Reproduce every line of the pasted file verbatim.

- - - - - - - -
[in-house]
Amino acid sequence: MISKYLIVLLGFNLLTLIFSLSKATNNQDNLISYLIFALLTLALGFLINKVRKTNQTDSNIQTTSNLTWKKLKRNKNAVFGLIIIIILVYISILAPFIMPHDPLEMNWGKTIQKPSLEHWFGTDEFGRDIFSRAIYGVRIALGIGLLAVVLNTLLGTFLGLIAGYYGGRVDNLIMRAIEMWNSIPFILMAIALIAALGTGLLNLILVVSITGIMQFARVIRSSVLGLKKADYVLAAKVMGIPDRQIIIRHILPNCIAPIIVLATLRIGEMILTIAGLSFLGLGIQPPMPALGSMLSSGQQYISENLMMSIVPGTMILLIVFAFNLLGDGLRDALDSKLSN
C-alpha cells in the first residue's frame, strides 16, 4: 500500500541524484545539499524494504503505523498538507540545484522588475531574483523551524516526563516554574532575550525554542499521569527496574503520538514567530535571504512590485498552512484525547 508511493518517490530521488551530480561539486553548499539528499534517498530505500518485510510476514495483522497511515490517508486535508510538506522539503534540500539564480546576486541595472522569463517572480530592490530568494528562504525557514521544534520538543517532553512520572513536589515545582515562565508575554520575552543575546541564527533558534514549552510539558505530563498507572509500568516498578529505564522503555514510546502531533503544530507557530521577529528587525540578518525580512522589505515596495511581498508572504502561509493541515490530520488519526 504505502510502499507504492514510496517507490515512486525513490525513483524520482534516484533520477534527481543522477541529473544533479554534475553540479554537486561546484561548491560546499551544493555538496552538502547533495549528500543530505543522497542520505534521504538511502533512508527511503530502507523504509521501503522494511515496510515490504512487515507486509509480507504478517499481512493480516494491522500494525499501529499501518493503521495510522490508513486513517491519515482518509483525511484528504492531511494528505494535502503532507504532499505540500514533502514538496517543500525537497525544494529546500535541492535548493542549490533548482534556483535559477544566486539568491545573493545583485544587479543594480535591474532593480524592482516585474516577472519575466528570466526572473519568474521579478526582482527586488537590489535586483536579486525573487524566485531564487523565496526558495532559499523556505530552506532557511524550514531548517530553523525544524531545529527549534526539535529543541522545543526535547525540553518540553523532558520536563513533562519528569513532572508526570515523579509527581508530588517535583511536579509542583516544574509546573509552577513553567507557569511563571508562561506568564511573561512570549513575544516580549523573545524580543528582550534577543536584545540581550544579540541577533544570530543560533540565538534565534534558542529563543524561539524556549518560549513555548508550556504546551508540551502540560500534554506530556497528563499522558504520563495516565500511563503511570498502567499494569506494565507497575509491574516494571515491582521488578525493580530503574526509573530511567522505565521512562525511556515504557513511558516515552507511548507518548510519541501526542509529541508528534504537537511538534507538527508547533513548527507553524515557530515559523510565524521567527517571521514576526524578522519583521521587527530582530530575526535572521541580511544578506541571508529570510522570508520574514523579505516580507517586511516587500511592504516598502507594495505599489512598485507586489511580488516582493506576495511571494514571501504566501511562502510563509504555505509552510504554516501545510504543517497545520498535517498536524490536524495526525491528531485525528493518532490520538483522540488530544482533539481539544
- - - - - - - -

[in-house]
Amino acid sequence: MISKYLIVLLGFNLLTLIFSLSKATNNQDNLISYLIFALLTLALGFLINKVRKTNQTDSNIQTTSNLTWKKLKRNKNAVFGLIIIIILVYISILAPFIMPHDPLEMNWGKTIQKPSLEHWFGTDEFGRDIFSRAIYGVRIALGIGLLAVVLNTLLGTFLGLIAGYYGGRVDNLIMRAIEMWNSIPFILMAIALIAALGTGLLNLILVVSITGIMQFARVIRSSVLGLKKADYVLAAKVMGIPDRQIIIRHILPNCIAPIIVLATLRIGEMILTIAGLSFLGLGIQPPMPALGSMLSSGQQYISENLMMSIVPGTMILLIVFAFNLLGDGLRDALDSKLSN
C-alpha cells in the first residue's frame, strides 16, 4: 500500500541524484545539499524494504503505523498538507540545484522588475531574483523551524516526563516554574532575550525554542499521569527496574503520538514567530535571504512590485498552512484525547 508511493518517490530521488551530480561539486553548499539528499534517498530505500518485510510476514495483522497511515490517508486535508510538506522539503534540500539564480546576486541595472522569463517572480530592490530568494528562504525557514521544534520538543517532553512520572513536589515545582515562565508575554520575552543575546541564527533558534514549552510539558505530563498507572509500568516498578529505564522503555514510546502531533503544530507557530521577529528587525540578518525580512522589505515596495511581498508572504502561509493541515490530520488519526 504505502510502499507504492514510496517507490515512486525513490525513483524520482534516484533520477534527481543522477541529473544533479554534475553540479554537486561546484561548491560546499551544493555538496552538502547533495549528500543530505543522497542520505534521504538511502533512508527511503530502507523504509521501503522494511515496510515490504512487515507486509509480507504478517499481512493480516494491522500494525499501529499501518493503521495510522490508513486513517491519515482518509483525511484528504492531511494528505494535502503532507504532499505540500514533502514538496517543500525537497525544494529546500535541492535548493542549490533548482534556483535559477544566486539568491545573493545583485544587479543594480535591474532593480524592482516585474516577472519575466528570466526572473519568474521579478526582482527586488537590489535586483536579486525573487524566485531564487523565496526558495532559499523556505530552506532557511524550514531548517530553523525544524531545529527549534526539535529543541522545543526535547525540553518540553523532558520536563513533562519528569513532572508526570515523579509527581508530588517535583511536579509542583516544574509546573509552577513553567507557569511563571508562561506568564511573561512570549513575544516580549523573545524580543528582550534577543536584545540581550544579540541577533544570530543560533540565538534565534534558542529563543524561539524556549518560549513555548508550556504546551508540551502540560500534554506530556497528563499522558504520563495516565500511563503511570498502567499494569506494565507497575509491574516494571515491582521488578525493580530503574526509573530511567522505565521512562525511556515504557513511558516515552507511548507518548510519541501526542509529541508528534504537537511538534507538527508547533513548527507553524515557530515559523510565524521567527517571521514576526524578522519583521521587527530582530530575526535572521541580511544578506541571508529570510522570508520574514523579505516580507517586511516587500511592504516598502507594495505599489512598485507586489511580488516582493506576495511571494514571501504566501511562502510563509504555505509552510504554516501545510504543517497545520498535517498536524490536524495526525491528531485525528493518532490520538483522540488530544482533539481539544